On Tuesday we remarked on the increasingly perilous plight of yet another country whose economy has come under increased pressure from plunging oil prices and China’s move to devalue the yuan: Kazakhstan.
Just one day after allowing the tenge to fall sharply in the interbank market and no longer able to take the pain from falling crude prices, the country moved to a free float for the tenge overnight, causing the currency to plunge by a quarter.
The move is clearly a desperate attempt to preserve export competitiveness in the face of a falling rouble and a devalued yuan. This is the third time the country’s central bank has devalued the currency since 1999 – the last time was in February of 2014.
Although central bank governor Kairat Kelimbetov put on a brave face and very rationally explained that “this is not a devaluation, this is a transition to a freely floating rate when the market itself determines a balanced exchange rate on the basis of demand and offer,” it’s quite clear that the situation for the country’s exporters had become dire and bringing the tenge more inline with moves seen in the currencies of China and Russia (Kazakhstan’s top trading partners) was probably long overdue. Here’s Bloomberg:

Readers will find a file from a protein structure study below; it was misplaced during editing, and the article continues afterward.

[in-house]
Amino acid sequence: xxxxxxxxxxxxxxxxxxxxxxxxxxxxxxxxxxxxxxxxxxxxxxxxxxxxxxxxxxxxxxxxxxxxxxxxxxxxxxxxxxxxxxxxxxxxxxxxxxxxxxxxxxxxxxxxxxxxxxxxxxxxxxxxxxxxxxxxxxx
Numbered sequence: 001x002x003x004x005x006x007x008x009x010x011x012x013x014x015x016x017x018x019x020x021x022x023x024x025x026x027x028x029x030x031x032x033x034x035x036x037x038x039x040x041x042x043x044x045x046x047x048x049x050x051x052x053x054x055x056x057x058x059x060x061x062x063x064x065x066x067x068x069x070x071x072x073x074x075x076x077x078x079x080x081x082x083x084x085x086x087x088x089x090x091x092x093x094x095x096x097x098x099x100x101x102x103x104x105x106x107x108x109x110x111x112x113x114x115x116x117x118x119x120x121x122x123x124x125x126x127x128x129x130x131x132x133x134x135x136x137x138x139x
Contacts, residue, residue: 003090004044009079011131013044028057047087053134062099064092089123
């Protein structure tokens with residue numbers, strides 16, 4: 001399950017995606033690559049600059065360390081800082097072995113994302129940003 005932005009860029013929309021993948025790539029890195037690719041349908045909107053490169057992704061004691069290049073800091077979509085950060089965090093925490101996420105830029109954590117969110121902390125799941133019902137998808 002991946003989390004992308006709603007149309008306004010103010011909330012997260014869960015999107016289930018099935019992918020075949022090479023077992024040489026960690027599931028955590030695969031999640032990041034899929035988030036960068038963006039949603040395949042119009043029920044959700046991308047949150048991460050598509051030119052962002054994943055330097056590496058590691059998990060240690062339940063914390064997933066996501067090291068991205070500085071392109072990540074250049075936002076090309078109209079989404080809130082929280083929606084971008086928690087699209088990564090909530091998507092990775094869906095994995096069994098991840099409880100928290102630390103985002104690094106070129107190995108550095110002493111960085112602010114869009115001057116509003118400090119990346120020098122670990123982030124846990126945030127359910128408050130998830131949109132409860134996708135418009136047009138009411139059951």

The central Asian nation, which counts Russia and China as its top trading partners, said it was switching to a free float, triggering a 23 percent slide in the tenge to a record 257.21 per dollar. Following the shock yuan devaluation last week, a gauge of 20 developing-nation exchange rates capped its longest slump since 2000, and losses continued this week as Vietnam devalued the dong and currencies from Russia to Turkey fell at least 3 percent.
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